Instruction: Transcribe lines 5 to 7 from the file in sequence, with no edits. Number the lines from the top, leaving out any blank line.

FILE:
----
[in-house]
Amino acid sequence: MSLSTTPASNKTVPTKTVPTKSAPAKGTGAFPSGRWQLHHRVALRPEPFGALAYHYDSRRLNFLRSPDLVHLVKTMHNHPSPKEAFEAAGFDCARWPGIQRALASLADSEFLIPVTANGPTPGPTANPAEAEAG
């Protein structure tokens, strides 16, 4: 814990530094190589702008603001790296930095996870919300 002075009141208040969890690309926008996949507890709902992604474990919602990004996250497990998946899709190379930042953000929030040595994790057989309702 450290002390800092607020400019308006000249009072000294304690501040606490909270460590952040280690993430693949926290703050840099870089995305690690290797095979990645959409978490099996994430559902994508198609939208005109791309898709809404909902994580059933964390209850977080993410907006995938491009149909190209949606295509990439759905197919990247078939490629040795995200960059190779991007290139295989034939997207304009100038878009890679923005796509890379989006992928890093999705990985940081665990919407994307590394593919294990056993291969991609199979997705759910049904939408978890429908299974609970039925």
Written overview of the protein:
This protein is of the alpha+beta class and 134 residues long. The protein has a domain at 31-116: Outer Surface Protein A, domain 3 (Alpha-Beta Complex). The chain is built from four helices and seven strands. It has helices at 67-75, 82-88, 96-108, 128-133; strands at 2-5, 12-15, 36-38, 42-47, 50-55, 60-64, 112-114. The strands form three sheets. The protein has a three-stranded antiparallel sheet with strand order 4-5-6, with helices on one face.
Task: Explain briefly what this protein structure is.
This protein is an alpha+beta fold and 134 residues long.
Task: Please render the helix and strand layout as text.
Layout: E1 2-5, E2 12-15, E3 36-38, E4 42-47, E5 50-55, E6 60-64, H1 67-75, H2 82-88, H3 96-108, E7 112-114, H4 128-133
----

This protein is of the alpha+beta class and 134 residues long. The protein has a domain at 31-116: Outer Surface Protein A, domain 3 (Alpha-Beta Complex). The chain is built from four helices and seven strands. It has helices at 67-75, 82-88, 96-108, 128-133; strands at 2-5, 12-15, 36-38, 42-47, 50-55, 60-64, 112-114. The strands form three sheets. The protein has a three-stranded antiparallel sheet with strand order 4-5-6, with helices on one face.
Task: Explain briefly what this protein structure is.
This protein is an alpha+beta fold and 134 residues long.